How hard could it be to shop the zero-waste way?

Very hard. But you probably already knew that.

I’m not living a zero waste lifestyle but it’s my goal to get close without burning out, alienating my friends, or driving myself insane. A recent evaluation of my grocery shopping waste shows where I’m at in the journey.

I had Saturday free, which is rare for me, so I took the opportunity to head down to the zero waste grocery store, Precycle, in Brooklyn to pick up some staples. Since Saturdays are Greenmarket days, and since I have to go through Union Square to get back home, and because Whole Foods is right there, I decided to combine my shopping trips. All three of these destinations offer opportunities for zero waste shopping. But did I seize my chances?

Well, as you can see from the picture, the answer is a little gray.

zero waste grocery shopping evaluation

Here’s what I bought.

From Precycle:

  • 750 ml canola oil
  • 750 ml olive oil
  • 3/4 bottle of dish detergent
  • small jar of cinnamon
  • half jar of sea salt

From Whole Foods:

  • 14 ounces of peanut butter

From Greenmarket:

  • 1 small apple
  • 1/3 lb loose cranberries
  • 1 loaf gluten-free bread
  • 2 lb chicken breast, free range

Waste avoided:

  • Plastic bottle and bits, label, and price tag, on canola oil packaging
  • Plastic pourer, label, price tag, and cellophane safety seal on olive oil packaging
  • Plastic bottle, label, squeeze top, price tag, and safety seal on dish detergent packaging
  • Plastic sprinkle top, label, price tag, and cellophane safety seal on cinnamon packaging
  • Metal pour-top, price tag on sea salt packaging
  • Label, price tag, cellophane safety seal on peanut butter jar
  • Produce sticker on apple
  • Plastic bag and price tag on cranberries
  • Plastic or paper shopping bags
  • Water, metals, lumber, petroleum, inks, run-off, electricity needed to create the packaging that I would have consumed by buying conventional products

Waste generated:

  • 4 short pieces of masking tape, Precycle
  • 1 long piece of masking tape, Whole Foods
  • plastic bread bag and bread tag, Our Daily Bread, Greenmarket
  • plastic bags, twist tie, label, and chicken fat, Quattro’s Farm, Greenmarket

So, what’s the story behind the waste?

The four pieces of masking tape from Precycle were given to me by the shop owner who wished to mark the tare weight of my jars. Now that I know the tare weight of my jars, I can mark this number on my jars with permanent marker or paint. In other words, I will not need to recreate this waste next time I shop at Precycle.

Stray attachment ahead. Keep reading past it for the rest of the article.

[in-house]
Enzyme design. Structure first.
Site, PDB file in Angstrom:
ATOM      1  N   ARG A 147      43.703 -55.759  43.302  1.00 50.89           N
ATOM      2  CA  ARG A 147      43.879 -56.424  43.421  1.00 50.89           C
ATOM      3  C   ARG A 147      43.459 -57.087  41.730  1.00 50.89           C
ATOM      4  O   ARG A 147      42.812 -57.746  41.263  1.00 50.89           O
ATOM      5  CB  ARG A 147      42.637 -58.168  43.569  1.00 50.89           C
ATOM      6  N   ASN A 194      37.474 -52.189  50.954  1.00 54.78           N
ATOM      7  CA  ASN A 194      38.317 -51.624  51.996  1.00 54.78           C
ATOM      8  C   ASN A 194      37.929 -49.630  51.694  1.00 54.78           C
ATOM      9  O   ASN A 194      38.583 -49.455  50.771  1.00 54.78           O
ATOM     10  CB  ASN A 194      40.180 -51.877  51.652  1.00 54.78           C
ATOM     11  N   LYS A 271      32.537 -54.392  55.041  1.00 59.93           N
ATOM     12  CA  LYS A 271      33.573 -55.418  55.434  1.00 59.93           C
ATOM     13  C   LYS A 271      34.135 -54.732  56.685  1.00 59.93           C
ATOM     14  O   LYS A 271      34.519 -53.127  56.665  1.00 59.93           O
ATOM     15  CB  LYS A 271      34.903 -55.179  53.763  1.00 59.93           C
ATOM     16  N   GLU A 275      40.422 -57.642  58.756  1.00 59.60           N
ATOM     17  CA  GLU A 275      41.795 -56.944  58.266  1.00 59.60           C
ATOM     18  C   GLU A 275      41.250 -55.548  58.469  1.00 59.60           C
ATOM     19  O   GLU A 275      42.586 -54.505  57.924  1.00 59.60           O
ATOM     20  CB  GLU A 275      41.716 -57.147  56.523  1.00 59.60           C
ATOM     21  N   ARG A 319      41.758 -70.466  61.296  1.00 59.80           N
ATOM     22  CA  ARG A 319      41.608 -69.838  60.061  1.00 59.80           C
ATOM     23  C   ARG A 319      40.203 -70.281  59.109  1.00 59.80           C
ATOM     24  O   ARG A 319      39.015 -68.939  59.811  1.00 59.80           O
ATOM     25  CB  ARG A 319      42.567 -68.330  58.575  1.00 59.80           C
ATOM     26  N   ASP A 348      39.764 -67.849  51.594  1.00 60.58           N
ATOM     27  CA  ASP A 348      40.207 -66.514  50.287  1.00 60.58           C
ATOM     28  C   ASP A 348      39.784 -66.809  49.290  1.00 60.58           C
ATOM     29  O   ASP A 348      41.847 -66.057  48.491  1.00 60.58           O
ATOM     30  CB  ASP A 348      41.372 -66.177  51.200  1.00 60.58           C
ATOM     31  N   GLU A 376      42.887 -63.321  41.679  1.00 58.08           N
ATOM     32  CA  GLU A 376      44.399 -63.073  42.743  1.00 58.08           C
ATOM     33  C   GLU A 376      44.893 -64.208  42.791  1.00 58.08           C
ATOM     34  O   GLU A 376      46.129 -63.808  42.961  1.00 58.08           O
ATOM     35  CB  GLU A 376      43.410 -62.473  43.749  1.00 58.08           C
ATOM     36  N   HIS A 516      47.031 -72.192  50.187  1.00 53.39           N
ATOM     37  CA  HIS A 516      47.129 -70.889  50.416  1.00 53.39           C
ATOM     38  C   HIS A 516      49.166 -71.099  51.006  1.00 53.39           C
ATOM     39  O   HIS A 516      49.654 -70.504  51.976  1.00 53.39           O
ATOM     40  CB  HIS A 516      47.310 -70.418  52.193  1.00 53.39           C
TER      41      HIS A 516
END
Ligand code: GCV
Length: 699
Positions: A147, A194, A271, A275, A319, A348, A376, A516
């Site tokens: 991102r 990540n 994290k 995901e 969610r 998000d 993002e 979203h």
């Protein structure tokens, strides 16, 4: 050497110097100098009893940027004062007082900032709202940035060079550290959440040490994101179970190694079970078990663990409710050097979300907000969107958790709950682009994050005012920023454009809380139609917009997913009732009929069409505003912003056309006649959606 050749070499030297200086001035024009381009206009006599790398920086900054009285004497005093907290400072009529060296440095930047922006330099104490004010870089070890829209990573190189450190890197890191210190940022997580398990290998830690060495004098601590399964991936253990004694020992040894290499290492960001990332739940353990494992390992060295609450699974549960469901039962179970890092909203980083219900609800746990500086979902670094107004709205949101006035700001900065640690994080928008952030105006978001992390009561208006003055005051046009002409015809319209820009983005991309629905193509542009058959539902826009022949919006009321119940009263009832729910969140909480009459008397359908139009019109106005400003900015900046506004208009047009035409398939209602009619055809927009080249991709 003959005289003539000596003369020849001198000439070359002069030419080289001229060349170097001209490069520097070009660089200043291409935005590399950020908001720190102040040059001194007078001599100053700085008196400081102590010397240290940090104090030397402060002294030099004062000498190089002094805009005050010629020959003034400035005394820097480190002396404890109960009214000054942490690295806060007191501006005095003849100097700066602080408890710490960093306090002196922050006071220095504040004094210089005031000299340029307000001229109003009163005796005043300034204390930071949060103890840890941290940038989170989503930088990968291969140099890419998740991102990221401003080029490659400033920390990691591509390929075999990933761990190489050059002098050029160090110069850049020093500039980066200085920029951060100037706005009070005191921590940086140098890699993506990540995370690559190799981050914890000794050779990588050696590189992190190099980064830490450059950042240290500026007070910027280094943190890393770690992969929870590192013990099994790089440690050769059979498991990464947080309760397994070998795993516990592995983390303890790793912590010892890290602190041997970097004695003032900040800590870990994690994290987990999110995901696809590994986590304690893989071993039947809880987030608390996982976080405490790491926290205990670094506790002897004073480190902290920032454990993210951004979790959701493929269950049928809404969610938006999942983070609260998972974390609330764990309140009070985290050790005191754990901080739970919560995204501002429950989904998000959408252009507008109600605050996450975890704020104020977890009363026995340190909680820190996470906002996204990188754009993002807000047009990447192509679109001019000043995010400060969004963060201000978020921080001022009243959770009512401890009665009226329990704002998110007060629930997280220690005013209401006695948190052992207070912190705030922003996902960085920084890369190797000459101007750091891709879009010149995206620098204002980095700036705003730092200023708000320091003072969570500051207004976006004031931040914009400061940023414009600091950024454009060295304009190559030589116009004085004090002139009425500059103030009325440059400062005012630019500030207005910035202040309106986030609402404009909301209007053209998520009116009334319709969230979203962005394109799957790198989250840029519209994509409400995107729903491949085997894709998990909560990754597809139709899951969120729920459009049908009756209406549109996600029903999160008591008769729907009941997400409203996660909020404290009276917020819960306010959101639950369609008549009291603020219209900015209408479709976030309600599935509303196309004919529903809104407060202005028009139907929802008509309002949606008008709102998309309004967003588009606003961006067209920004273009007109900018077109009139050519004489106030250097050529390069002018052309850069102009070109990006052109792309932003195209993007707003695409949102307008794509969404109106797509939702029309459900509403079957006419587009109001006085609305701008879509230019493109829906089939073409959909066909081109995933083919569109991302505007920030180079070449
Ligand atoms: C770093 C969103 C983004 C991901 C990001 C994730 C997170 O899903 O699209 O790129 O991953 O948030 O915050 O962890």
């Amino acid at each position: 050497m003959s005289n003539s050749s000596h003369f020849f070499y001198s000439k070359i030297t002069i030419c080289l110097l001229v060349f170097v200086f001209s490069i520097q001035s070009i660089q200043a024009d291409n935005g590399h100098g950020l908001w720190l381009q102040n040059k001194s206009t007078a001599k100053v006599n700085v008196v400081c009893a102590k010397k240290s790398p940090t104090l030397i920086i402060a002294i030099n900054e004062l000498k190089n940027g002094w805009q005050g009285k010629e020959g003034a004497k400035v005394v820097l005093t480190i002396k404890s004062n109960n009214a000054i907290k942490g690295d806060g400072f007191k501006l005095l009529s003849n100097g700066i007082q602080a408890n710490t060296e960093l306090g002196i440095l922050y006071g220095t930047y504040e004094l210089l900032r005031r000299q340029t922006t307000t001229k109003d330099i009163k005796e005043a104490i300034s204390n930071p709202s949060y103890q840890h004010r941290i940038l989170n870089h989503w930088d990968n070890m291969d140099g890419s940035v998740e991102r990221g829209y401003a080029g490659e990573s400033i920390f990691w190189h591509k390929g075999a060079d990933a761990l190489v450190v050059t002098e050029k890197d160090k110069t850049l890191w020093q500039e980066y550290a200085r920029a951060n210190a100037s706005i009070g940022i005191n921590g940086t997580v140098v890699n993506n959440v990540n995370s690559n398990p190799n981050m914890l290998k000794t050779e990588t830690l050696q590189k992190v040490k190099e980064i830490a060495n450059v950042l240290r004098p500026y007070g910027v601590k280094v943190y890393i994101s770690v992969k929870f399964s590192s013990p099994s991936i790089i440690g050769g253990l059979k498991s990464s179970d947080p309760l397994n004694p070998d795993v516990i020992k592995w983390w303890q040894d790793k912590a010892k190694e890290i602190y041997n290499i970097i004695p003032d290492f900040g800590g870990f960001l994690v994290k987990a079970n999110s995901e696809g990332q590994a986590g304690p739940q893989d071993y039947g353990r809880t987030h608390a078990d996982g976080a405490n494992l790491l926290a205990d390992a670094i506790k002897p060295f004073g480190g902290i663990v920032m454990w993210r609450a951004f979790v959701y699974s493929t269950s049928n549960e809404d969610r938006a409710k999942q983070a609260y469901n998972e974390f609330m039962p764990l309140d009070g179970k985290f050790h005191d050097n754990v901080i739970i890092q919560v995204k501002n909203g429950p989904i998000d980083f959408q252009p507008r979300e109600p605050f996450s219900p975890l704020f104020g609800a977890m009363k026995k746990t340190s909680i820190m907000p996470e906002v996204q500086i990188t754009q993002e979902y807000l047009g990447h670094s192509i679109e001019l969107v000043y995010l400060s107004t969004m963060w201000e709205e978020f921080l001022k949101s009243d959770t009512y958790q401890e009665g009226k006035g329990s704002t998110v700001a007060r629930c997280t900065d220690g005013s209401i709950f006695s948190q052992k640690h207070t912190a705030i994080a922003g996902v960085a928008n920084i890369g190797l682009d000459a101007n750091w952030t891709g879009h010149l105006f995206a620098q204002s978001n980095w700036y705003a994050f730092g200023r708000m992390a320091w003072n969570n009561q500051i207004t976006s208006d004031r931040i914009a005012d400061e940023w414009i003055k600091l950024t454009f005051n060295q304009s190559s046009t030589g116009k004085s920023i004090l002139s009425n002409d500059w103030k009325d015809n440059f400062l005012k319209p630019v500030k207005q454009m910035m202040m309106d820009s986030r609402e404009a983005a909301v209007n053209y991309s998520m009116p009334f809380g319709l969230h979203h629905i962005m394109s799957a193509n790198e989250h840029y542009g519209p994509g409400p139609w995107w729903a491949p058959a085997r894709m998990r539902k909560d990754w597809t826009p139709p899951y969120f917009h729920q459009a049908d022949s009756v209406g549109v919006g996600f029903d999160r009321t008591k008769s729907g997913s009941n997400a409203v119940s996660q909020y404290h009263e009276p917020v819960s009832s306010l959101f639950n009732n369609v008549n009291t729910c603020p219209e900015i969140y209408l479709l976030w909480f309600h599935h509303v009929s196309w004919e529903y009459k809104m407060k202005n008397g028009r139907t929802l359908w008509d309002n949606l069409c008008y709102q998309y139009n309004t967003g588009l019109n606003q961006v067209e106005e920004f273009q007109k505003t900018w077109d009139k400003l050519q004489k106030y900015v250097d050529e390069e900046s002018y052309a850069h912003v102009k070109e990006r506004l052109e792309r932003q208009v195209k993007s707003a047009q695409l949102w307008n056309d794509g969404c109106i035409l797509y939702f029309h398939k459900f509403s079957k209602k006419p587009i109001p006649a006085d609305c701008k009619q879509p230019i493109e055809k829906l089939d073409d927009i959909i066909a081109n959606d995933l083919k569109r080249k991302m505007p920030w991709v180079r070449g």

The long piece of masking tape from Whole Foods was given to me by the cashier when he strapped it across the top of my bring-your-own peanut butter jar. Cashiers are trained to put masking tape across the plastic bulk containers and salad and hot bar containers, and since old habits die hard, the cashier probably went on auto-pilot when he went for the tape. In my experience it is really hard to prevent Whole Foods employees from putting tape on your purchases, but I can probably avoid this in the future by putting my hand over the tops of my jars or placing them in my reusable bag as soon as they ring up my item.

Bread bag and tag. I really wanted bread today. But I’m allergic to wheat so I couldn’t buy the bread at Precycle, and I couldn’t get any package-free gluten-free bread flour or all-purpose flour at Precycle, Whole Foods, or Greenmarket so that I could make my own bread at home. And, while there are many great bakeries in New York, I don’t know of a single gluten-free bakery in Manhattan that sells bread, let alone package-free bread. So, I picked up a loaf of bread from the Greenmarket stall of Our Daily Bread, out of Chatham, New York. I need to look into whether or not I can recycle the plastic I generated from this purchase. (Edit: I found a New York bakery where I can buy gluten-free bread without the bag.)

Bags, twist tie, label, chicken fat. A real climate champion has probably already gone vegan, but I haven’t. I still eat pasture-raised eggs, some types of poultry, and some types of fish. While I’ve more or less found a way to eat eggs and fish without creating additional packaging, I haven’t found an ideal solution for shopping for chicken. As long as I’m eating chicken, I want to make sure that I’m eating chicken that’s been raised as far outside the industrial farming system as possible. Buying chicken from my preferred Greenmarket vendors allows me to do this. However, I also want to buy chicken that doesn’t come with additional packaging, and I can’t do this at the Greenmarket. Now on the flip side, I can buy package-free chicken from my local butcher shop but I don’t have control over my butcher’s vendors and I kind of have to take his word that the chicken is raised as far outside the industrial farming system as I’d like it to be. Industrial farming creates a lot of waste. Plastic bags create a lot of waste. I have to weigh these factors when making my decision and today I decided to buy what seemed like the least industrial option on the table.

Anyway, that’s my haul from the latest shopping trip. It’s nice to be able look at my choices and reflect on the amount of waste I avoided and the amount of waste I still managed to generate on this shopping trip. Taking the time to evaluate helps me meditate on what it’s going to take to reduce my waste: vigilance; sacrifice in the form of giving up certain foods. It also illuminates for me that it’s really hard to live an ethical life and that part of the work is to help shift the culture so that it’s easier to make choices that are better for humans, the planet, and all its creatures.

Read about what I thought of my first visit to Precycle, here.

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